SPACES OPEN THROUGH THE ACTIVE RETAINERS USE
In case of dental crowding an alignment can be made, with or without stripping, by using pre-activated retainers. Lingual orthodontics without attacks has been originally created by Dr. Aldo Macchi and Dr. Nunzio Cirulli and has also been successfully performed by other authors. This innovative technique is based on the use of retainers constituted by 5 interweaved wires of 0.0175 inches thick, shaped and activated in order to obtain the desired dental movements. Active retainers, similarly to the passive ones, are bonded on the lingual surface of the teeth. Therefore, there are invisible and they represent an ideal treatment for all patients that don’t favor the classic orthodontic therapy. Moreover, active retainers are very thin and more comfortable compared to the smaller lingual attacks. They don’t induce phonetic changes even in the first days of therapy. Thanks to all these characteristics, active retainers are actually more and more requested.
With the active retainers technique all malocclusion types may be solved: first class malocclusion with dental-basal discords, in excess or in fault, and II or III class more complex malocclusions for the latter, we also use other invisible devices such as micro screws).
Now, let’s see how it can be possible treating dental crowding with the use of active retainers. In case of a minimum dental crowding, with an inter-proximal surface overlap smaller than 0,5 mm, step folds are sufficient to develop the necessary power to align the arch. In case of a greater dental crowding it is necessary to increase wire elasticity by shaping the vertical folds in a “U” mode. Thus, charge/deflection relation is decreased, resulting in a bigger and more long-lasting activation.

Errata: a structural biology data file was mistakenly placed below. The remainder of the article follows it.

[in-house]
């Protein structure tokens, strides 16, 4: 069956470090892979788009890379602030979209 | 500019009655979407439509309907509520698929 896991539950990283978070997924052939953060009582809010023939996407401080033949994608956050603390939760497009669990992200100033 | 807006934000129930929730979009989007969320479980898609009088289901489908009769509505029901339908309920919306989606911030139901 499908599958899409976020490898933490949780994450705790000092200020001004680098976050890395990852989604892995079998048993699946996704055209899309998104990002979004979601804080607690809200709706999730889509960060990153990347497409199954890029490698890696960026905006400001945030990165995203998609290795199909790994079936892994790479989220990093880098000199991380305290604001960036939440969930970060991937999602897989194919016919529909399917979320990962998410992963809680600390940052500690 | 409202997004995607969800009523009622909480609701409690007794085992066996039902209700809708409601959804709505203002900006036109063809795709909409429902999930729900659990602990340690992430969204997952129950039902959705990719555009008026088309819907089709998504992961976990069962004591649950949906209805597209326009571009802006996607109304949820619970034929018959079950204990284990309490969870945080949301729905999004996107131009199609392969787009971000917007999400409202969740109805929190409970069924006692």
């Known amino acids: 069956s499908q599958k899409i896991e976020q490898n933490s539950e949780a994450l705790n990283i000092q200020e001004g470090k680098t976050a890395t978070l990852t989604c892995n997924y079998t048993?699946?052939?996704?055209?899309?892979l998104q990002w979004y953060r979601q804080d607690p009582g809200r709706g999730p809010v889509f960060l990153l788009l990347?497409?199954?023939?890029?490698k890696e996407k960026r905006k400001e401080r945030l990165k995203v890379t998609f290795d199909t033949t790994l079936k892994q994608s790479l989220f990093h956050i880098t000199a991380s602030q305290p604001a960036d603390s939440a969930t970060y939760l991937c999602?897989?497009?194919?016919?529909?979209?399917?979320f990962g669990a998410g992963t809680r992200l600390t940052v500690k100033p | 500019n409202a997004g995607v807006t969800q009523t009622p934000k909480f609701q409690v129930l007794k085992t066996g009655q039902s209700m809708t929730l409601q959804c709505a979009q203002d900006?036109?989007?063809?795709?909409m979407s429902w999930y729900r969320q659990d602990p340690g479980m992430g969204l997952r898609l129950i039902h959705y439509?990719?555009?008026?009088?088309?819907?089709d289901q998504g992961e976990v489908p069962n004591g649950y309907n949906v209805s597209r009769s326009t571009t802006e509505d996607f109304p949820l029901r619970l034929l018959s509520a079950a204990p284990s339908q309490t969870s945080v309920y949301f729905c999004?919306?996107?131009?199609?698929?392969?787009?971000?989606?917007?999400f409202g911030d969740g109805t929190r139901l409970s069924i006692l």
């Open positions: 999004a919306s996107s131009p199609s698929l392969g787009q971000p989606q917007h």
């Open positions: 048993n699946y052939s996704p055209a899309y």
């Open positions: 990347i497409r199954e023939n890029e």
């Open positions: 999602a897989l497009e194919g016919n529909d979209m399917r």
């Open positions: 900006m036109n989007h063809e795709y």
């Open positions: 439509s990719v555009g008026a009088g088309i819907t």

In order to prepare the dental surface to the adhesion, teeth are first cleaned. Then, surfaces to be bonded are etched for 30sec and an adhesive is applied and polymerized for 20sec.
In the following figures we analyze some activations for opening spaces in case of crowding.
Figure 1: the pre-shaped retainer with U folds between n.31 and n.41 and between n.42 and n.43 is bonded on n.31. A very charged fluid composite is used.
Figure 2: by closing the handle of about 2 mm between n. 31 and 41 the retainer is bonded on n. 42. In this phase it is important to keep the vertical plan of the wire, checking with another utility tool (tweezers) that the wire doesn’t move up when the handle is closed. Attention must be paid, not to let fluid composite flow in the inter-dental space and at a gingival level in order to avoid periodontal problems. Obviously, the fluid composite must never be positioned at a handle level. To notice that retainer, after being bonded on n. 31 and 41, is more moved towards the lingual surface compared to n.41.
Figure 3: the retainer is pulled over through an utility tool at n. 41, moving it from a lingual to a vestibular way and it is bonded.
Figure 4: alignment is obtained when the handle creates a space through the expansion and n.41 is moved lingually.
In the following video we analyze a handle bonding sequence example to obtain the expansion and alignment.
RETAINER ASSEMBLING VIDEO
1.Macchi A, Cirulli N. “Fixed Active Retainer for Minor Anterior Tooth Movement”. Journal of Clinical Orthodontics, 2000.
2.Macchi A, Rania S, Cirulli . “Una proposta per la gestione di disallineamenti anteriori: il mantenitore attivo di contenzione (MAC)”. Mondo Ortodontico, 1999.
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